Jefferson County released from receivership

JEFFERSON COUNTY, AL (WBRC) - You might assume that anyone with the proper requirements can get a job with Jefferson County, but that has not been the case for many years.

Since the 1970s, the federal court has been dealing with lawsuits accusing the county of discrimination. Eventually, a receiver was installed in 2015 to take control of hiring and firing.

On Wednesday, federal judge Lynwood Snith ended the receivership, giving county commissioners reason to celebrate.

"We have worked with the receiver Mr. Oliver to do the right thing and to right the wrongs and fix the unfair and broken system of the past. We now have a much more diverse workforce at all levels," said Jefferson County Commissioner George Bowman.

While the county does get its hiring and firing back, a monitor will continue to review county hiring records to ensure it remains on the right path.

The Jefferson County Sheriff's office was released from the consent decree last year.

Copyright 2018 WBRC. All rights reserved.

To read a release with additional details from the Jefferson County Commission, see below:

BIRMINGHAM, AL – Today, Federal District Judge Lynwood Smith terminated the federal receivership in Jefferson County due to Jefferson County's ongoing improvement in workforce practices. A receiver is a ministerial officer representing the Court who acts on behalf of the judge in certain legal matters. The long-standing case now moves into a monitoring period whereby the Court will systematically review the continued progress of the county's hiring and promoting practices.

Since the late 1970's, Jefferson County was criticized in federal court for dragging its feet and failing to hire and promote a more diverse staff to include women and African-Americans. On June 15, 2015, Lorren Oliver was appointed to serve as the Receiver to work to bring the county into compliance with a 1982 consent decree.

"This Commission made it a priority to take this matter seriously, and I am very appreciative of them providing all the tools and support we needed to move this along to exit receivership within three years," said Tony Petelos, Jefferson County Manager. "I also want to thank the Receiver, Lorren Oliver, for the work that he did with us. I know it wasn't easy for him to wear two hats, but he's done it since June of 2015 and has done it well. We look forward to continuing our relationship as he serves as a monitor in this case and continues to lead the Personnel Board of Jefferson County."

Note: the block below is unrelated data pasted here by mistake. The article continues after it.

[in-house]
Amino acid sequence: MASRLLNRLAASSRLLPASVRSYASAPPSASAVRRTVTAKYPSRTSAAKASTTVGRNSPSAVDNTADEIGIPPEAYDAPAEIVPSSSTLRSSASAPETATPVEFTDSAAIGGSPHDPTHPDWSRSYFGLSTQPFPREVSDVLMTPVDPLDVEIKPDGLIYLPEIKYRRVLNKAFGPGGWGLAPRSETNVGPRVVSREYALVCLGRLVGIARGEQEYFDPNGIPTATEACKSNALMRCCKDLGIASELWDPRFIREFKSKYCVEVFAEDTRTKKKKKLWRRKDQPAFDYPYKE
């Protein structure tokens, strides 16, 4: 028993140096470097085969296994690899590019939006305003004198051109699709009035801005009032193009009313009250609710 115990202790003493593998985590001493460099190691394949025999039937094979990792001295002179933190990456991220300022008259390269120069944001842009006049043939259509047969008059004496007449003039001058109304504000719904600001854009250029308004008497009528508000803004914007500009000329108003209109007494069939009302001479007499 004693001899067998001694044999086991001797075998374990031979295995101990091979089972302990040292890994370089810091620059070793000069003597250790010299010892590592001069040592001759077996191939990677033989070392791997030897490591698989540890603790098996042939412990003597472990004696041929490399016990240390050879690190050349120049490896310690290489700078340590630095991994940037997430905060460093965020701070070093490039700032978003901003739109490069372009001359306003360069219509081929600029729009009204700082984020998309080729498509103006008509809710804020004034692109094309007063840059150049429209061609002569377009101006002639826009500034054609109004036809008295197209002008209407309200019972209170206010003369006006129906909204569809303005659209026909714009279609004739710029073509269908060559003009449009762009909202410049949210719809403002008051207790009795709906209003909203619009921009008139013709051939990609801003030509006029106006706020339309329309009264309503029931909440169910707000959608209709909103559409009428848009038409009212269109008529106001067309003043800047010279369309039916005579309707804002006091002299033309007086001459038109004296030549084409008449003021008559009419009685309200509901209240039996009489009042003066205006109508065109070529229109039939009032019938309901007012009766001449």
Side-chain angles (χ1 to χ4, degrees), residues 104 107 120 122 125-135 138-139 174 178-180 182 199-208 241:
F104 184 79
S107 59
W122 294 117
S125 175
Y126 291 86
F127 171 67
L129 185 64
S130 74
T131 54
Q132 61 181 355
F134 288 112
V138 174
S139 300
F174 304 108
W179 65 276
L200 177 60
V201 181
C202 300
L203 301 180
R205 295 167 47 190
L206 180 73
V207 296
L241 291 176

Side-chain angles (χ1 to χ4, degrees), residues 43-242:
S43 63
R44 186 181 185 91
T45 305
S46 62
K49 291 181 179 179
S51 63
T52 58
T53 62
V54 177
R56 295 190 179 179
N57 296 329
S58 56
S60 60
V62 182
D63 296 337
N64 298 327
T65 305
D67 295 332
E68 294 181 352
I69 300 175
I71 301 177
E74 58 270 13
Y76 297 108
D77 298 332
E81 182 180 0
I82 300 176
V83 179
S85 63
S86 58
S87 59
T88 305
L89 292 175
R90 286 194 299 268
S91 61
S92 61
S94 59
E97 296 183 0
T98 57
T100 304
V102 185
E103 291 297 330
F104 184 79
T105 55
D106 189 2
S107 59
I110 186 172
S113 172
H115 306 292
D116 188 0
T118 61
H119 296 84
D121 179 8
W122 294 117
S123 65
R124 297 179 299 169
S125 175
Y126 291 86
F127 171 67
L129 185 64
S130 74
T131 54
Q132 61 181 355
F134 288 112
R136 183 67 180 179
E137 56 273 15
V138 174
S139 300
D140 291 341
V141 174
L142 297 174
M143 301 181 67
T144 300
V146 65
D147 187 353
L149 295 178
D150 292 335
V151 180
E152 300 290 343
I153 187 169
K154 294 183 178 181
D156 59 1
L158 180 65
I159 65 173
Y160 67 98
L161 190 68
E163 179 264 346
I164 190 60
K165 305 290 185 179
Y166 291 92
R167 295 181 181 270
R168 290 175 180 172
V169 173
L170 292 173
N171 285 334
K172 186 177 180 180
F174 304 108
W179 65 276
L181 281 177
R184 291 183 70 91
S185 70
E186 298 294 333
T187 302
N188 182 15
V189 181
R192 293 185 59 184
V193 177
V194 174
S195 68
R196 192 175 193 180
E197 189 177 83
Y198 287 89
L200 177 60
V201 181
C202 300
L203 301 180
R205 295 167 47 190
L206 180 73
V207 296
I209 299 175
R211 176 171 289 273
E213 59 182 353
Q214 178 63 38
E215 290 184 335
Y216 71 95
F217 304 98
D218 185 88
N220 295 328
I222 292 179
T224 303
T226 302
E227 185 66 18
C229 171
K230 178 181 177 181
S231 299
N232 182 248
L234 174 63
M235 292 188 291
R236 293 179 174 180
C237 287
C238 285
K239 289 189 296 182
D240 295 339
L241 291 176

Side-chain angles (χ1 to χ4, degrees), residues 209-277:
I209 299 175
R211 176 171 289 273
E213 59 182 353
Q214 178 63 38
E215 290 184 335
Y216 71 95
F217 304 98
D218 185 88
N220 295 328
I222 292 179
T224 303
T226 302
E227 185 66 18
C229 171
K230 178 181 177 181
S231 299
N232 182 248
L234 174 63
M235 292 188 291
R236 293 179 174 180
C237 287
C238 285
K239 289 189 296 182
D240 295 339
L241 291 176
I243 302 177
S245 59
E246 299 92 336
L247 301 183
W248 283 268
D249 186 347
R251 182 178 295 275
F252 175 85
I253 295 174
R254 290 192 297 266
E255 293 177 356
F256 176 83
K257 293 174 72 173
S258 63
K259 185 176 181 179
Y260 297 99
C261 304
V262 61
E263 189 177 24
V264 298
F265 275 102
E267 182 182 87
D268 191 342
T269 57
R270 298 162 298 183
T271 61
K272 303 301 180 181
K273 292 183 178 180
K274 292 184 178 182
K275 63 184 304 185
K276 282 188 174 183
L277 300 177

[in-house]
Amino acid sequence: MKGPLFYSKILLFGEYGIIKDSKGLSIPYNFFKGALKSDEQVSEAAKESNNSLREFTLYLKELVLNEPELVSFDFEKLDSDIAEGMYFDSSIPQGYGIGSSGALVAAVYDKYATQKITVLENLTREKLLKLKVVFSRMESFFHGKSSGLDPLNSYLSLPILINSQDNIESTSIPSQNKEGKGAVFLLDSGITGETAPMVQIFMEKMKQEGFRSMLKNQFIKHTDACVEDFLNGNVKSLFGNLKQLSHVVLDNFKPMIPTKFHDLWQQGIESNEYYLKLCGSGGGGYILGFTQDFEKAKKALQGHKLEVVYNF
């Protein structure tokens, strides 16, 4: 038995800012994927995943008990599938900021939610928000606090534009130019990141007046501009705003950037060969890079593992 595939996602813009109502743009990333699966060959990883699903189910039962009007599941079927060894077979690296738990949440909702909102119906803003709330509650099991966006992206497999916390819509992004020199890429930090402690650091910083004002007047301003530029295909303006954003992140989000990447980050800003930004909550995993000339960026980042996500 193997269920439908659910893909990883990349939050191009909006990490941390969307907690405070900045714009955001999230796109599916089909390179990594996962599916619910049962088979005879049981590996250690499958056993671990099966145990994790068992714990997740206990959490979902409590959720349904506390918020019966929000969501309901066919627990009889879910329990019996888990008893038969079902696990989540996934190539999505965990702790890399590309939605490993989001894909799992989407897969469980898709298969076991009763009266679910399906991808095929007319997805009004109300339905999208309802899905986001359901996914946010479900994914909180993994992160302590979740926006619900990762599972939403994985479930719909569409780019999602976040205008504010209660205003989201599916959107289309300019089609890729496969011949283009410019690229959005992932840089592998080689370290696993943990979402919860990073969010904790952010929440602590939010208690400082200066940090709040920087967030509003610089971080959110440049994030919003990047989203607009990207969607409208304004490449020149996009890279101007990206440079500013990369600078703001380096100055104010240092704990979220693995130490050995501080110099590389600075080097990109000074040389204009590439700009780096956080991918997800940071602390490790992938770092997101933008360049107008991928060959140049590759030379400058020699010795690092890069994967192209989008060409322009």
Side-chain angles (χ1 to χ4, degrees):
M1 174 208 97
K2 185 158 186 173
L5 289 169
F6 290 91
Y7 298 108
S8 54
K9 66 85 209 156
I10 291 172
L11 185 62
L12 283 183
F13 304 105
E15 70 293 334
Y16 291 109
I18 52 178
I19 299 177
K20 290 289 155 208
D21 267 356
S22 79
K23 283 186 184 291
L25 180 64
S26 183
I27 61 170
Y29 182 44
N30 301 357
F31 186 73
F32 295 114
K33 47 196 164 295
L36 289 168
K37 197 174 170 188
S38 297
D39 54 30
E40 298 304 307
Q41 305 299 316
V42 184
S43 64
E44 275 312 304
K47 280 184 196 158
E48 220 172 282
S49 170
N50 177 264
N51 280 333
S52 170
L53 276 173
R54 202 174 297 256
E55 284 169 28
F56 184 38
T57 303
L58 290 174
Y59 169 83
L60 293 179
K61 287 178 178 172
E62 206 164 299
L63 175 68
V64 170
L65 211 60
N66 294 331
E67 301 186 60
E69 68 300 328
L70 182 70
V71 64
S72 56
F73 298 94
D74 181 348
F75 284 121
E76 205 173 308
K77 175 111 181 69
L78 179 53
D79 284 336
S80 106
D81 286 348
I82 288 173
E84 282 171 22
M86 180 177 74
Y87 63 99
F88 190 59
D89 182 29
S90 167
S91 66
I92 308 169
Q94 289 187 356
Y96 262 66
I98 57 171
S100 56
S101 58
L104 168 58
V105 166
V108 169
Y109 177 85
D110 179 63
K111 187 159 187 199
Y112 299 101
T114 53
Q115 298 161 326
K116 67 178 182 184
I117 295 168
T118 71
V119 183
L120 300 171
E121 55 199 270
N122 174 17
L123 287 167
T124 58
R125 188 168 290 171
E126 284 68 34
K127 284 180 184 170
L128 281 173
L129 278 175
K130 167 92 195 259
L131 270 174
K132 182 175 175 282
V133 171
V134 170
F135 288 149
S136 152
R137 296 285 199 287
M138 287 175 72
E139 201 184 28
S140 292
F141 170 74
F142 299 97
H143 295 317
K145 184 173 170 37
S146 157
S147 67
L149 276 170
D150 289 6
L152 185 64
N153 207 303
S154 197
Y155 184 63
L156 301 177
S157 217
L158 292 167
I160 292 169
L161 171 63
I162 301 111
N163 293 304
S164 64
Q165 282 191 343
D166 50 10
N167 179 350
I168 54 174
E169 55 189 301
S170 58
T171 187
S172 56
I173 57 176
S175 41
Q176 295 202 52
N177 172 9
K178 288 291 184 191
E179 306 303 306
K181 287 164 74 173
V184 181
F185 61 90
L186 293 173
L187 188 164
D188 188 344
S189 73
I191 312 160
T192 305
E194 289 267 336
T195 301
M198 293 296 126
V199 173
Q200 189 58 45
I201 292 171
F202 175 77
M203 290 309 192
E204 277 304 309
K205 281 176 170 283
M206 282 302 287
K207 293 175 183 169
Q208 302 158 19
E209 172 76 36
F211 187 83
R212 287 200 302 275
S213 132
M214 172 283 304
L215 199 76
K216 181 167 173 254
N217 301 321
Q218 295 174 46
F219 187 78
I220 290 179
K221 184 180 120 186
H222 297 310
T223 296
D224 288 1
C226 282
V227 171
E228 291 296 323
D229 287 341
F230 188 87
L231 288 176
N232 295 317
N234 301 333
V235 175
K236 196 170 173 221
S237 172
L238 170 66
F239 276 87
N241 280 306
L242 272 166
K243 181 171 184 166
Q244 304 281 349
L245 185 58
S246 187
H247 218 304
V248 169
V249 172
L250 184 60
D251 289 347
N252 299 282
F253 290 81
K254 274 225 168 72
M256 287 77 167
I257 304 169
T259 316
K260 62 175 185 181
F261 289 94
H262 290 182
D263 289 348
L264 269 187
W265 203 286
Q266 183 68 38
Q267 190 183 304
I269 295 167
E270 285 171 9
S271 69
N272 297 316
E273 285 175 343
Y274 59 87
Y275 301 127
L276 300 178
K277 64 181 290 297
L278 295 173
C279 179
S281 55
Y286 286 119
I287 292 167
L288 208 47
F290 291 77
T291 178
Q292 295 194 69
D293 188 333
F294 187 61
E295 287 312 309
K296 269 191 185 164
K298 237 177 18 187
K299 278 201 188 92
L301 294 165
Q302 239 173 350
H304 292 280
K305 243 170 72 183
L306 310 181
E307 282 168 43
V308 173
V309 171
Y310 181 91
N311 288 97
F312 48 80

The termination of the receivership demonstrates that Jefferson County Commission and the administration team have made significant progress to help turn things around and show their commitment to ensuring the workforce reflects the communities it serves. That's why hiring practices must focus on bringing in more diverse, qualified talent to better serve and represent all residents.

"We want our labor to replicate its citizenry," Commissioner Jimmie Stephens said. "Our strong commitment to diversity, equity, and inclusion is necessary to provide high-quality service. The end of the receivership demonstrates enormous progress toward more an equable hiring and promotion process.

"Ending the Federal Consent Decree has been a high priority for me, and today we are one step closer to ending the decree. All of Jefferson County's employees and residents —regardless of race, ethnicity, sexual orientation, gender identity, age, language, abilities/disabilities, socioeconomic status, geographic region, or other defining characteristics—should feel welcome and valued," said Commissioner Sandra Little Brown.

Commission George Bowman expressed appreciation for Lorren Oliver's tremendous work. Bowman stated, "The cost the County was spending to fight the discriminatory allegations were tremendous and overwhelming. I commend Lorren for the work he has done to help us correct for the effects of the prior discriminatory employment practices. We now have a selection process in place that over time, ensures the workforce has a similar demographic composition as the pool of qualified applicants."

Jefferson County Commission is looking forward to closing what has been an unfortunate history and, more importantly, moving aggressively toward a future that shows Jefferson County is very confident that it can provide the best services.

"This federal court action first arose on May 27, 1975, leading to a Consent Decree in 1982 and ultimately, a Federal Receivership," stated Commissioner Joe Knight. "The termination of the receivership portion of this case is a milestone and signifies once again, this commission's resolve to transform a train-wrecked county into an efficient, fair and effective governmental unit." 

Commissioner David Carrington added, "It's hard to fathom the progress Jefferson County has made in the last 7 1/2 years, moving from hopeless despair to energetic optimism. Today's termination of the federal receivership concerning the County's past employment and promotion practices restores Jefferson County's government legally, fiscally, and operationally."

The termination of the receivership represents the closure of an enormous chapter of this case and allows the County to now focus on what it must do to exit the decree in the future.